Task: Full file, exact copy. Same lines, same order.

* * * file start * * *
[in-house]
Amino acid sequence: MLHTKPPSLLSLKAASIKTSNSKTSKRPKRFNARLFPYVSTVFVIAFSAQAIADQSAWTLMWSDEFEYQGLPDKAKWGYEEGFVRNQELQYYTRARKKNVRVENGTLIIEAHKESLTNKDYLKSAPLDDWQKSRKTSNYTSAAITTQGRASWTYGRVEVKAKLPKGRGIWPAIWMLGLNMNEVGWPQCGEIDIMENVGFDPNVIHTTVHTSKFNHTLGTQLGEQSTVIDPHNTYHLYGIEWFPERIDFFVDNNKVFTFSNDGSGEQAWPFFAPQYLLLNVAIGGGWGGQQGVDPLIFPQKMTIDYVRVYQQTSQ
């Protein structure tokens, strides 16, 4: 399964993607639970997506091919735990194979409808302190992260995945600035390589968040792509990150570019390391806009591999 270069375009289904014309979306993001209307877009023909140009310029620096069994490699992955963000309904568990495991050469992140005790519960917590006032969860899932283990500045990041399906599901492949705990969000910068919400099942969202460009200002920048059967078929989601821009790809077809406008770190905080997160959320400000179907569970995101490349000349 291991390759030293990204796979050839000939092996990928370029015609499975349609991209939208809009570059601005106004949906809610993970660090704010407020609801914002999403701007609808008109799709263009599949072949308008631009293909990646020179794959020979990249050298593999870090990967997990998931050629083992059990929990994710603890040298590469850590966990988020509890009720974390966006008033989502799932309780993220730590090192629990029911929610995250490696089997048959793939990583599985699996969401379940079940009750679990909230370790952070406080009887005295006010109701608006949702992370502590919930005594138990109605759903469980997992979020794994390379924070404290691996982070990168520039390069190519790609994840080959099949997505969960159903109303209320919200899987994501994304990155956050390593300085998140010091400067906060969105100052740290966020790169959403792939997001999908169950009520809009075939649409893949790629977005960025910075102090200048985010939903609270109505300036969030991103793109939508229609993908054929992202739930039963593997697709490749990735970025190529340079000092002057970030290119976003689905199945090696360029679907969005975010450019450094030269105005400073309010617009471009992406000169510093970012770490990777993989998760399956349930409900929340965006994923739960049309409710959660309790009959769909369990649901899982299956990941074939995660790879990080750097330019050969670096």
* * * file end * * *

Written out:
[in-house]
Amino acid sequence: MLHTKPPSLLSLKAASIKTSNSKTSKRPKRFNARLFPYVSTVFVIAFSAQAIADQSAWTLMWSDEFEYQGLPDKAKWGYEEGFVRNQELQYYTRARKKNVRVENGTLIIEAHKESLTNKDYLKSAPLDDWQKSRKTSNYTSAAITTQGRASWTYGRVEVKAKLPKGRGIWPAIWMLGLNMNEVGWPQCGEIDIMENVGFDPNVIHTTVHTSKFNHTLGTQLGEQSTVIDPHNTYHLYGIEWFPERIDFFVDNNKVFTFSNDGSGEQAWPFFAPQYLLLNVAIGGGWGGQQGVDPLIFPQKMTIDYVRVYQQTSQ
């Protein structure tokens, strides 16, 4: 399964993607639970997506091919735990194979409808302190992260995945600035390589968040792509990150570019390391806009591999 270069375009289904014309979306993001209307877009023909140009310029620096069994490699992955963000309904568990495991050469992140005790519960917590006032969860899932283990500045990041399906599901492949705990969000910068919400099942969202460009200002920048059967078929989601821009790809077809406008770190905080997160959320400000179907569970995101490349000349 291991390759030293990204796979050839000939092996990928370029015609499975349609991209939208809009570059601005106004949906809610993970660090704010407020609801914002999403701007609808008109799709263009599949072949308008631009293909990646020179794959020979990249050298593999870090990967997990998931050629083992059990929990994710603890040298590469850590966990988020509890009720974390966006008033989502799932309780993220730590090192629990029911929610995250490696089997048959793939990583599985699996969401379940079940009750679990909230370790952070406080009887005295006010109701608006949702992370502590919930005594138990109605759903469980997992979020794994390379924070404290691996982070990168520039390069190519790609994840080959099949997505969960159903109303209320919200899987994501994304990155956050390593300085998140010091400067906060969105100052740290966020790169959403792939997001999908169950009520809009075939649409893949790629977005960025910075102090200048985010939903609270109505300036969030991103793109939508229609993908054929992202739930039963593997697709490749990735970025190529340079000092002057970030290119976003689905199945090696360029679907969005975010450019450094030269105005400073309010617009471009992406000169510093970012770490990777993989998760399956349930409900929340965006994923739960049309409710959660309790009959769909369990649901899982299956990941074939995660790879990080750097330019050969670096």